Mauricio Boraschi, director of the PCD, said earlier this month that Costa Rica acts as a bridge.
“The drugs have to be transported either by air, land or sea. Transportation is typically organized by Mexican organizations and has to move north through Central America,” he said. “To do so, Mexican organizations typically move drugs north by sea or air, as ground transportation is the easiest to monitor. When drugs are moved north via the sea, Central American ports are used.”
Costa Rica’s Public Security Ministry said police last year seized 9,900 kilograms of cocaine, the second-highest quantity in history, exceeded only by 2008 figures. The ministry also reported that 101 drug organizations were dismantled in 2010, a record high. From 2006 to 2010, 400 drug organizations were broken up, including 347 local groups and 53 international ones.
Chinchilla: Much more must be done
On May 4, four days shy of her one-year anniversary, President Laura Chinchilla told lawmakers what her government was doing to improve security for the country’s 3.5 million citizens. During her 90-minute speech, she mentioned “narcotrafficking” seven times.
“Today I am here to confirm the vision that is shared by everyone in the country: to make Costa Rica a more secure home for all of its residents,” she said. “To achieve that goal, we will do so by following one route: the route of human security. Never before has the word ‘insecurity’ defined so many of our lives.”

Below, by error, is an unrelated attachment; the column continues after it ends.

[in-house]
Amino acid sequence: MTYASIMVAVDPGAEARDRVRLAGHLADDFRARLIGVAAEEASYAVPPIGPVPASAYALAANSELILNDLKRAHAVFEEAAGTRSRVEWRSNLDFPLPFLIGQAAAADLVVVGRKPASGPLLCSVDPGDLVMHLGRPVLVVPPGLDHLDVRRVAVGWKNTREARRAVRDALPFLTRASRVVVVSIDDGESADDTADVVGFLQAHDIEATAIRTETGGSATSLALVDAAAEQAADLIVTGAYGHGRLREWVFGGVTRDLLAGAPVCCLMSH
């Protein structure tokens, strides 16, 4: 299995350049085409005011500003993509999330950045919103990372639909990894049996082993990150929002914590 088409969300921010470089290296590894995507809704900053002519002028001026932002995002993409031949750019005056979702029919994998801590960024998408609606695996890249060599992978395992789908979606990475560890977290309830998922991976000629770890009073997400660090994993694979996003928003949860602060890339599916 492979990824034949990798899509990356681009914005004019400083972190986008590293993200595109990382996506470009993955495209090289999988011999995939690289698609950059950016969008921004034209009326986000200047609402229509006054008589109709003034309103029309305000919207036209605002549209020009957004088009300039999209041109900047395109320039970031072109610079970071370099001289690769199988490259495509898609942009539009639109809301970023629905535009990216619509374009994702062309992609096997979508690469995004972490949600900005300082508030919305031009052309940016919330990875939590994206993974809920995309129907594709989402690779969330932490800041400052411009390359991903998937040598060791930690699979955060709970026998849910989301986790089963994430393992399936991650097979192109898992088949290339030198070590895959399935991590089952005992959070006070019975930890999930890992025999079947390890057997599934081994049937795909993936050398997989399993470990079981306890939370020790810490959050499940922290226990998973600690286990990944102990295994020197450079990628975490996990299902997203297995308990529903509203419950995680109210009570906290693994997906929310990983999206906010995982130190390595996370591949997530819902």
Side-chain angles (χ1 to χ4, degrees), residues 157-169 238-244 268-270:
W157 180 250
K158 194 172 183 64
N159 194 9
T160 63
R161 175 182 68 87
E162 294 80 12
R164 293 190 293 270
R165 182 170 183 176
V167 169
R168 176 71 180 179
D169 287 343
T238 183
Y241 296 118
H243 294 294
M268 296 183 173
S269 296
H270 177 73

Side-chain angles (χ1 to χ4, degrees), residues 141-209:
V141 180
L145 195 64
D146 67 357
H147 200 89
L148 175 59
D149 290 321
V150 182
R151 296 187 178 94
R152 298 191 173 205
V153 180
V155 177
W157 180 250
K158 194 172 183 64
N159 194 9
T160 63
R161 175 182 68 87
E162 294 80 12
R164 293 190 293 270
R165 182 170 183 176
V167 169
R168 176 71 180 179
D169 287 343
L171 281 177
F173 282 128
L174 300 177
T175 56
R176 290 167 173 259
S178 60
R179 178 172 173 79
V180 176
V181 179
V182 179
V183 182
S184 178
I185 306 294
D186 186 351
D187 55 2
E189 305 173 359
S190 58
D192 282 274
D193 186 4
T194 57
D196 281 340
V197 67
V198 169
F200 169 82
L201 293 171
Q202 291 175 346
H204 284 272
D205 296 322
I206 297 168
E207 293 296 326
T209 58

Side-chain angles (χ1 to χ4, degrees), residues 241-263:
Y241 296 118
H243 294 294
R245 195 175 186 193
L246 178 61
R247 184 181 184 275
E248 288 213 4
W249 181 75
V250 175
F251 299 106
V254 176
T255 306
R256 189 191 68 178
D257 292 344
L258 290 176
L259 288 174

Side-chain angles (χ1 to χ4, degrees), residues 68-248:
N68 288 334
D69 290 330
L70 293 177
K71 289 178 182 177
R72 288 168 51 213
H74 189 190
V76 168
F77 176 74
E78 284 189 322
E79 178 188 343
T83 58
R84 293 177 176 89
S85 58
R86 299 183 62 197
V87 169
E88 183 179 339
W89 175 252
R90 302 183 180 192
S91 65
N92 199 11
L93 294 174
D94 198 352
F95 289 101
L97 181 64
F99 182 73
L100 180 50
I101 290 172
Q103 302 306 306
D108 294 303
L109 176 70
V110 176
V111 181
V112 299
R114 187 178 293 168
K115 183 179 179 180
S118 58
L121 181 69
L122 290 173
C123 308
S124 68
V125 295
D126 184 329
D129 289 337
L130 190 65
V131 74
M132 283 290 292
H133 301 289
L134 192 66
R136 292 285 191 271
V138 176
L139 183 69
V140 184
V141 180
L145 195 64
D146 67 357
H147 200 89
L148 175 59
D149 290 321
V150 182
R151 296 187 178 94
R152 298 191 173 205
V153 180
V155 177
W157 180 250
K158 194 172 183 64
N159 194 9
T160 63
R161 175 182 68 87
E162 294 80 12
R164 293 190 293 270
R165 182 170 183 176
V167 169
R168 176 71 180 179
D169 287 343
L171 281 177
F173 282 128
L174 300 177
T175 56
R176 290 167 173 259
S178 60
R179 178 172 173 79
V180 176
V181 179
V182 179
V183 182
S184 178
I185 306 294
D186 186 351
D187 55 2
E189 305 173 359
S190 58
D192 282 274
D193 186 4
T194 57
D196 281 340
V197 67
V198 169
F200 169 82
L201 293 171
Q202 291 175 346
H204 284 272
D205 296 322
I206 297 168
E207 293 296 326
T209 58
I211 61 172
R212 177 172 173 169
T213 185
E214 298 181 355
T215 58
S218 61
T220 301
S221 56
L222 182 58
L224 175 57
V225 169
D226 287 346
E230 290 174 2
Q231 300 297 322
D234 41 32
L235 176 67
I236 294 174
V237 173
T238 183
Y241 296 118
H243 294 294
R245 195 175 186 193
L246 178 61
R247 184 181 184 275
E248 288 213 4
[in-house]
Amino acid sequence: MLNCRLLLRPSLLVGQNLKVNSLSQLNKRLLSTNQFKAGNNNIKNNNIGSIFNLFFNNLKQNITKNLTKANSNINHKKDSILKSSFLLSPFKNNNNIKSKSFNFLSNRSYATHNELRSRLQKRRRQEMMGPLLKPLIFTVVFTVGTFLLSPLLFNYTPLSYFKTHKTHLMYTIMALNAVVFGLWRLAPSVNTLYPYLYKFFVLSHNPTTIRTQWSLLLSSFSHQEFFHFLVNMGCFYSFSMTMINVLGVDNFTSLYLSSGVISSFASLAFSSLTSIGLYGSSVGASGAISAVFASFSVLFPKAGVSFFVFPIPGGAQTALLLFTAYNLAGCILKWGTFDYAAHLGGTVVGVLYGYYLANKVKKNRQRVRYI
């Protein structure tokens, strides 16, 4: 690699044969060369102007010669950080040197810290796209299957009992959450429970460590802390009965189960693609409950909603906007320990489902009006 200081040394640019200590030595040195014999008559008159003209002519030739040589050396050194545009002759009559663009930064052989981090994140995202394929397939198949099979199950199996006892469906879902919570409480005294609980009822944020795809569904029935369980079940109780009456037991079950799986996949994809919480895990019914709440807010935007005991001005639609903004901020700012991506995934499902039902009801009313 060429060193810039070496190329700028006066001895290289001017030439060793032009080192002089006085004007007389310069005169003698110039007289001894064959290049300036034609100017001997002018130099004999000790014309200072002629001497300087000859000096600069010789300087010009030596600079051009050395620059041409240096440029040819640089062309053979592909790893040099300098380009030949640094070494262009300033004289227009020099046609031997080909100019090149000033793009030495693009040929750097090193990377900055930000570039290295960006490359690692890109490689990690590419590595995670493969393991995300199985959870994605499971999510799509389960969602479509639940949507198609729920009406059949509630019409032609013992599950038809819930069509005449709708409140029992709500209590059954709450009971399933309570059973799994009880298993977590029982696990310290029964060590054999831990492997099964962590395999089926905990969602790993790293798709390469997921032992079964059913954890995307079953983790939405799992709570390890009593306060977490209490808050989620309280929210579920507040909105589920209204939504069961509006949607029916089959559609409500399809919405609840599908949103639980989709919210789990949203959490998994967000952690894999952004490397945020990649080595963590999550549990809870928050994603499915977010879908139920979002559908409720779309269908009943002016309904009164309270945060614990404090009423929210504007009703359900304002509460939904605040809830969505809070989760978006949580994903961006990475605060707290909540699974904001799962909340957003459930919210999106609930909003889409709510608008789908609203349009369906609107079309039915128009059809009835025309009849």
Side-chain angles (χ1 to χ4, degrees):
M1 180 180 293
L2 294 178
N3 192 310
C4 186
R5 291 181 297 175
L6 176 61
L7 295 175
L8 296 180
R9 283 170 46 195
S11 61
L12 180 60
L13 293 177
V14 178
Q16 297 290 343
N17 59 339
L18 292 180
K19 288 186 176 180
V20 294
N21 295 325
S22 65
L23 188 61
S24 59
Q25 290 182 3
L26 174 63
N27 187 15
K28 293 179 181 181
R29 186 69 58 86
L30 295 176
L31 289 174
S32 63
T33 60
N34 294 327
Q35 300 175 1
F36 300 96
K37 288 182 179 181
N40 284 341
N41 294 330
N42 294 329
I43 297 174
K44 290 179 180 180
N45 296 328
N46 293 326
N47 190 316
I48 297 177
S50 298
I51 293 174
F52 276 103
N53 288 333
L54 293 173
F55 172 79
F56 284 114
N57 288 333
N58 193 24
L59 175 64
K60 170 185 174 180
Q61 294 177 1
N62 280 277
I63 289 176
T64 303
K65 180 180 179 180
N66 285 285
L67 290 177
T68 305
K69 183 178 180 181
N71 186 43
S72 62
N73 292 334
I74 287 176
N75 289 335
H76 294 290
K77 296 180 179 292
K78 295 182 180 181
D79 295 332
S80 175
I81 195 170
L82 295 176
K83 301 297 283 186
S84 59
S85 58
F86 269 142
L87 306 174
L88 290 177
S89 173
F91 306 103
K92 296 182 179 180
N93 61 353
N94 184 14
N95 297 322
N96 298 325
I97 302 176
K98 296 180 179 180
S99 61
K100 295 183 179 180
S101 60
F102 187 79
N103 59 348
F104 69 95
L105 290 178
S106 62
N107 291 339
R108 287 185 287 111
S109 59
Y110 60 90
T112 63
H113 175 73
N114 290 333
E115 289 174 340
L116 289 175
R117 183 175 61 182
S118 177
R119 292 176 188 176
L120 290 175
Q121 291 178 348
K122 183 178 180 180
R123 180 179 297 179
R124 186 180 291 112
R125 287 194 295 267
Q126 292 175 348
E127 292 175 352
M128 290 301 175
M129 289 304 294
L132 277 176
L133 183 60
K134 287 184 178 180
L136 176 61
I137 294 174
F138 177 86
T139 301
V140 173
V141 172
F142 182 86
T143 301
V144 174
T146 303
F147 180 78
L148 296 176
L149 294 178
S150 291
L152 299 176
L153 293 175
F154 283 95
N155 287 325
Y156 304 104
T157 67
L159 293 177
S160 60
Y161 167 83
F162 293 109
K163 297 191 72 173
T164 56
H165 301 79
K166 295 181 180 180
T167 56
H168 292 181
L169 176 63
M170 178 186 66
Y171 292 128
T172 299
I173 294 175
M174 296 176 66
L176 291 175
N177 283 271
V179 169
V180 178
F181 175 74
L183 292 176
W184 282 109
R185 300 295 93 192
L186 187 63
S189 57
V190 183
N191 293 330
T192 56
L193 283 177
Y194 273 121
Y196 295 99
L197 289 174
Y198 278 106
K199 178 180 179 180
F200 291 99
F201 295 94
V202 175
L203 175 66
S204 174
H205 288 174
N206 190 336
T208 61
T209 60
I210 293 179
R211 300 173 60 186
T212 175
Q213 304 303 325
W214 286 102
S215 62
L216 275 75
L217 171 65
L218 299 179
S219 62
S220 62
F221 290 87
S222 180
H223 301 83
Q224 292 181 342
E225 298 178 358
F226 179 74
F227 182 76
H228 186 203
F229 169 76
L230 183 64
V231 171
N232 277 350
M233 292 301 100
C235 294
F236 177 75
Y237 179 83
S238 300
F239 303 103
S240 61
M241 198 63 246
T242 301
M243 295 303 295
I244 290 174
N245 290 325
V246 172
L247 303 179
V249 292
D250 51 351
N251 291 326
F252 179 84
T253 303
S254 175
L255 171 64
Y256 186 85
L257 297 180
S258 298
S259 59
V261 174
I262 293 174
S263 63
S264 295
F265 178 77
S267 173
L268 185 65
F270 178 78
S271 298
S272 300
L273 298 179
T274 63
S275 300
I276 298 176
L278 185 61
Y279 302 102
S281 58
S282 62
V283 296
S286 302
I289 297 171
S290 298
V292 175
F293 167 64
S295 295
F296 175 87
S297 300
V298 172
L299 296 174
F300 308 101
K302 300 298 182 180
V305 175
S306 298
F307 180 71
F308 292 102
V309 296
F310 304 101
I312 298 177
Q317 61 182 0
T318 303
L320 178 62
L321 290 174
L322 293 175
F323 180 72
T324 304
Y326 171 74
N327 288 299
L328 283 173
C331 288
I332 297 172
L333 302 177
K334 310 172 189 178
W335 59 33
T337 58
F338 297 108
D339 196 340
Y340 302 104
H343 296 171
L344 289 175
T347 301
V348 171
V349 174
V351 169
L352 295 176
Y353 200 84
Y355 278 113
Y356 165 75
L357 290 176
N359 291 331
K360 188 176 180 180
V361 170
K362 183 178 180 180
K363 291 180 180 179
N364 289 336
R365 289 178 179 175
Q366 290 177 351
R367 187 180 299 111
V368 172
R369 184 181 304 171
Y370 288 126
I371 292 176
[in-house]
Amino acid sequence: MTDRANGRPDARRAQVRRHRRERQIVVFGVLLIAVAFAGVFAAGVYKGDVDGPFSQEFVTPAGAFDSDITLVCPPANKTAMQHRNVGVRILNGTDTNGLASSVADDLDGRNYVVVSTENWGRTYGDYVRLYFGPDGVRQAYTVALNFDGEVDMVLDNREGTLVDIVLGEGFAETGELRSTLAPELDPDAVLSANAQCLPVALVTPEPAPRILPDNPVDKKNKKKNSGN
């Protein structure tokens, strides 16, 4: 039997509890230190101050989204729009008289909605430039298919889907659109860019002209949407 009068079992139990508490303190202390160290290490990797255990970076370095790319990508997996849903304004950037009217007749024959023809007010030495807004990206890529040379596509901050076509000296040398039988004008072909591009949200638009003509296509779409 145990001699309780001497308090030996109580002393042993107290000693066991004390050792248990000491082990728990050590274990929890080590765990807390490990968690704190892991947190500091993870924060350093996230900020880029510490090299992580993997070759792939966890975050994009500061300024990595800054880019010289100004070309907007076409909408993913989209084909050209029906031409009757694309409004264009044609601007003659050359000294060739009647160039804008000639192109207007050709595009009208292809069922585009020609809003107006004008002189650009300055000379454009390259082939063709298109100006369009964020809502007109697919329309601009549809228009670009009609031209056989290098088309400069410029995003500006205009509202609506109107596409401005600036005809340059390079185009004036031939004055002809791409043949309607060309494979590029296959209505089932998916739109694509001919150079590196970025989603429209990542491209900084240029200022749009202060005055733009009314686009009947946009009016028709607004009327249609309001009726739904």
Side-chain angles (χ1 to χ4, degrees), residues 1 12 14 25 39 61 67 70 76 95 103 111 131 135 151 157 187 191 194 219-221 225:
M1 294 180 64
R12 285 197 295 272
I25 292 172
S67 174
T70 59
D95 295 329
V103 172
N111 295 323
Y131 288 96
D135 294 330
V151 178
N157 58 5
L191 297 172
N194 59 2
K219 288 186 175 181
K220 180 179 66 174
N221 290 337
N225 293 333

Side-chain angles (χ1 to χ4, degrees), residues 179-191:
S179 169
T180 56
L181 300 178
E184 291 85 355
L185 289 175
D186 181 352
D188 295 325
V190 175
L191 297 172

While Chinchilla boasted of her administration’s accomplishments in combating the drug trade, she warned that “we observe with alarm the relentless advance of organized crime and drug-trafficking threatening our democracy with potential corruption and extortion, as well as violence and delinquency.”
Most security officials agree that if Costa Rica intends to confront the drug traffickers, more help is needed — and fast. At present, the government has only one helicopter, and most of the Costa Rican Coast Guard’s patrol vessels are aged and incapable of pursuing high-speed boats in open waters.
People in rural towns throughout the country complain of a lack of police and security. Many towns with populations ranging from 1,000 to 5,000 have police forces of two, three or five officers that are required to patrol areas of several hundred squares kilometers of land and sea. Costa Rica’s former security minister, José María Tijerino, said in his final address that “the state of the forces in certain parts of the country is deplorable.”
PCD’s Boraschi agreed. “It is evident that the drug cartels are very powerful and can infiltrate places we used to consider untouchable, Boraschi said. “If we plan to keep drugs out of our country, it will require significant investment by our government. We need more police, we need better equipment and we need international assistance. If we don’t begin to put these pieces in place soon, the face of this country could soon be altered by drug-trafficking.”